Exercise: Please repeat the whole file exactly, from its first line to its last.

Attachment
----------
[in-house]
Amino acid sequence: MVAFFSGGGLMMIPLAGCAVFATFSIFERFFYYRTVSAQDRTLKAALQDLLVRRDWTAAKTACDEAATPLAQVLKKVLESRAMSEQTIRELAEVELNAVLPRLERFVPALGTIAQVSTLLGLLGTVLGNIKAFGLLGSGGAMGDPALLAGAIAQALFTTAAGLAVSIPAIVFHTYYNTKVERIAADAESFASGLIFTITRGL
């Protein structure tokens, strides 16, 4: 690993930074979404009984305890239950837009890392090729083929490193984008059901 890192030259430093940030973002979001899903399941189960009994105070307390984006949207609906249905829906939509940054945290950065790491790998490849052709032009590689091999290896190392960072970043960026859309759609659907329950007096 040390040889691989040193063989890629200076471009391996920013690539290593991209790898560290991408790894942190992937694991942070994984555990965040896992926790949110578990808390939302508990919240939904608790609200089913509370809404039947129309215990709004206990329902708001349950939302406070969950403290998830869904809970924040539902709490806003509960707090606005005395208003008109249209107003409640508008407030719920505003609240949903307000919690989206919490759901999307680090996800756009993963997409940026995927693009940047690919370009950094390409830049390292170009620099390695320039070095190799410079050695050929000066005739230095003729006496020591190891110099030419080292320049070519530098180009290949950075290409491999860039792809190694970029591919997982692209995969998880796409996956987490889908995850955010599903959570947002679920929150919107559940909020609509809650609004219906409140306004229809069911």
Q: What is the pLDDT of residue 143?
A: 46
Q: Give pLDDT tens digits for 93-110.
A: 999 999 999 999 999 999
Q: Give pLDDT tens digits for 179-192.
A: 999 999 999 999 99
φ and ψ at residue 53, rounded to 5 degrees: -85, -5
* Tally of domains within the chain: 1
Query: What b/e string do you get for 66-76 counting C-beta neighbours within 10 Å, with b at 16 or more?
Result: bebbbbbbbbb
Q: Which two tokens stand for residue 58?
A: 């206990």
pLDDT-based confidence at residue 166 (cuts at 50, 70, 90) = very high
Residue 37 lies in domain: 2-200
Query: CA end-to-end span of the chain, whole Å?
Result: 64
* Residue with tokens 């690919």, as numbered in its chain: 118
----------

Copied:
[in-house]
Amino acid sequence: MVAFFSGGGLMMIPLAGCAVFATFSIFERFFYYRTVSAQDRTLKAALQDLLVRRDWTAAKTACDEAATPLAQVLKKVLESRAMSEQTIRELAEVELNAVLPRLERFVPALGTIAQVSTLLGLLGTVLGNIKAFGLLGSGGAMGDPALLAGAIAQALFTTAAGLAVSIPAIVFHTYYNTKVERIAADAESFASGLIFTITRGL
């Protein structure tokens, strides 16, 4: 690993930074979404009984305890239950837009890392090729083929490193984008059901 890192030259430093940030973002979001899903399941189960009994105070307390984006949207609906249905829906939509940054945290950065790491790998490849052709032009590689091999290896190392960072970043960026859309759609659907329950007096 040390040889691989040193063989890629200076471009391996920013690539290593991209790898560290991408790894942190992937694991942070994984555990965040896992926790949110578990808390939302508990919240939904608790609200089913509370809404039947129309215990709004206990329902708001349950939302406070969950403290998830869904809970924040539902709490806003509960707090606005005395208003008109249209107003409640508008407030719920505003609240949903307000919690989206919490759901999307680090996800756009993963997409940026995927693009940047690919370009950094390409830049390292170009620099390695320039070095190799410079050695050929000066005739230095003729006496020591190891110099030419080292320049070519530098180009290949950075290409491999860039792809190694970029591919997982692209995969998880796409996956987490889908995850955010599903959570947002679920929150919107559940909020609509809650609004219906409140306004229809069911």
Q: What is the pLDDT of residue 143?
A: 46
Q: Give pLDDT tens digits for 93-110.
A: 999 999 999 999 999 999
Q: Give pLDDT tens digits for 179-192.
A: 999 999 999 999 99
φ and ψ at residue 53, rounded to 5 degrees: -85, -5
* Tally of domains within the chain: 1
Query: What b/e string do you get for 66-76 counting C-beta neighbours within 10 Å, with b at 16 or more?
Result: bebbbbbbbbb
Q: Which two tokens stand for residue 58?
A: 């206990």
pLDDT-based confidence at residue 166 (cuts at 50, 70, 90) = very high
Residue 37 lies in domain: 2-200
Query: CA end-to-end span of the chain, whole Å?
Result: 64
* Residue with tokens 């690919």, as numbered in its chain: 118